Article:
' + databills[i].State + '

'; do{ if(databills[i].billlaw == "law"){ if (firstlaw){ law.innerHTML = '

' + "Laws:" + '

'; firstlaw = false } law.innerHTML += '

' + databills[i].BillNumber + '

' + databills[i].Summary + '
' + '

' + databills[i].Status + ", " + databills[i].Date + '

'; law.style.visibility = "visible"; }else if (databills[i].billlaw == ""){ if (firstbill){ bill.innerHTML = '

' + "Bills:" + '

' + "This state considered legislation at some point in its 2014 legislative session. The bill, or bills, were neither passed nor voted down. Many states are near the conclusion of their legislative year, but some of these bills could still be passed. Many states considered multiple bills. The types of issues that the legislation addressed are described by the icons accompanying each state on the map." + '

' + "To read the legislation in full, click on each bill‘s number." + '

'; firstbill = false } bill.innerHTML += '

' + databills[i].BillNumber + '

' + '' + '

' + databills[i].Status + '

'; bill.style.visibility = "visible"; }else if(databills[i].billlaw == "dead"){ if (firstbill){ bill.innerHTML = '

' + "Bills:" + '

' + "Legislation was considered in this state, but was voted down. To read the rejected legislation in full, click on each bill’s number." + '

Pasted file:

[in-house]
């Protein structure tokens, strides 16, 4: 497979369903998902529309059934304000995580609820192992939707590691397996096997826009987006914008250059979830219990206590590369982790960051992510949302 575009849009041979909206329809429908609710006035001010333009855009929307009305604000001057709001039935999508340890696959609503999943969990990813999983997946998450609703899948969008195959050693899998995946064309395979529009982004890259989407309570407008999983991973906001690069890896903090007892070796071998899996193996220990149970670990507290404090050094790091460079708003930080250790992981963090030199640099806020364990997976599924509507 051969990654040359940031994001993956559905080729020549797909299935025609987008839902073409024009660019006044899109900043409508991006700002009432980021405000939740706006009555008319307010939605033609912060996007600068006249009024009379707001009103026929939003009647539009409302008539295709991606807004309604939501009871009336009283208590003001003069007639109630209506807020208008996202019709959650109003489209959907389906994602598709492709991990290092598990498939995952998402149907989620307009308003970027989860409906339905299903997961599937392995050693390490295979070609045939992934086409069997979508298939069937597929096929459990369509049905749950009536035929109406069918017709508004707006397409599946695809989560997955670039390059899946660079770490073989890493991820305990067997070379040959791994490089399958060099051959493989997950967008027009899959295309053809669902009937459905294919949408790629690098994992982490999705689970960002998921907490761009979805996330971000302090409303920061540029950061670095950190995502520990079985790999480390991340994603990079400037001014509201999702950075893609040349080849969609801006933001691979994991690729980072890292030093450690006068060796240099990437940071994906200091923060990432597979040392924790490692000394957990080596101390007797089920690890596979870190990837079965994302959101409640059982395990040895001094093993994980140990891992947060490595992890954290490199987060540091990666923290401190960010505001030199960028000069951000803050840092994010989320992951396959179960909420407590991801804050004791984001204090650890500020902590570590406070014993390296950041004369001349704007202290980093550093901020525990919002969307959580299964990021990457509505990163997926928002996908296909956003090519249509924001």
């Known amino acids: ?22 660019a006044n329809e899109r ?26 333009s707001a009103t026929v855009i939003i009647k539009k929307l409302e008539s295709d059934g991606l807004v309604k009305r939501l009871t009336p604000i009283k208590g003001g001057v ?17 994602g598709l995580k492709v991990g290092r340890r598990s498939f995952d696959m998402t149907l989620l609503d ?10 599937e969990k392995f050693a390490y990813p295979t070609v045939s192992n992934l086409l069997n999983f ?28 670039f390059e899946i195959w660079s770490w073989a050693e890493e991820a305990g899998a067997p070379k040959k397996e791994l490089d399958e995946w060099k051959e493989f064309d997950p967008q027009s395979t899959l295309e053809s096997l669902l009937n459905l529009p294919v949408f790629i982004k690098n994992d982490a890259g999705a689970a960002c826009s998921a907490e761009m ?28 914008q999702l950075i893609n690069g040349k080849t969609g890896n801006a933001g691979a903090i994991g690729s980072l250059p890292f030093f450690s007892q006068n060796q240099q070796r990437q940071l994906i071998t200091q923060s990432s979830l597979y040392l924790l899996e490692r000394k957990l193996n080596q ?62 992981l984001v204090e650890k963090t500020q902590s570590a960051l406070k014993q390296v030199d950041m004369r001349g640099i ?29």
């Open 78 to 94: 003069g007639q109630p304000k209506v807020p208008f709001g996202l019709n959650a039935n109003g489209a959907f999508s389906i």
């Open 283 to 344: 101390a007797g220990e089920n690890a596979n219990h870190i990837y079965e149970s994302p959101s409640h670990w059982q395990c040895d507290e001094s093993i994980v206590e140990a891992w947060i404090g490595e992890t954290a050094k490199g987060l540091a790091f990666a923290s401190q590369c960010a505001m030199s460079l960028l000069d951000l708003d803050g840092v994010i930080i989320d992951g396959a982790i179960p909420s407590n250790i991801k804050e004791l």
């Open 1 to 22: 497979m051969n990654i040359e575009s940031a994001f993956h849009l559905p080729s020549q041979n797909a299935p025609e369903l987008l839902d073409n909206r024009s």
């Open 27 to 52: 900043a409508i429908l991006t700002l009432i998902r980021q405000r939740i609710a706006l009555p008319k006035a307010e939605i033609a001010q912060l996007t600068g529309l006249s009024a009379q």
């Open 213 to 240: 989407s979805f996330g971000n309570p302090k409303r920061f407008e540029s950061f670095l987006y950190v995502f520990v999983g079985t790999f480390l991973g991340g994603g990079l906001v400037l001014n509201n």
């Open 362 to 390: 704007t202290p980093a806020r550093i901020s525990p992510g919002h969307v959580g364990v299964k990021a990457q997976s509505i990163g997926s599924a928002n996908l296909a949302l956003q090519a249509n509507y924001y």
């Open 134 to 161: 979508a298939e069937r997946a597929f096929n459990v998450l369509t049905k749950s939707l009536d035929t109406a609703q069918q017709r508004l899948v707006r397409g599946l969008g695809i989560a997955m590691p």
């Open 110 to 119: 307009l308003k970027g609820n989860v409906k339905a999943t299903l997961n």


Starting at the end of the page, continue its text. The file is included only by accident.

'; firstbill = false } bill.innerHTML += '

' + databills[i].BillNumber + '

' + '' + '

' + databills[i].Status + '

'; bill.style.visibility = "visible"; }else{ law.innerHTML += '

' + "This state follows federal laws governing student data. The two main student data laws are the Federal Education Rights Privacy Act (FERPA) and the Children‘s Online Privacy Protection Rule (COPPA)." + '

' + "FERPA limits how, and with whom, a student‘s educational records are shared. It also gives parents the right to look at their child‘s records."+ '

' + "COPPA limits the data a company can collect online from a child under the age of 13, and would be the main source of restrictions for any company that receives student data." + '

' + "A bill was introduced in Congress in July to update FERPA with new restrictions on using student data for marketing, a mandate for more transparency on what data is being collected, and new requirements for data security." + '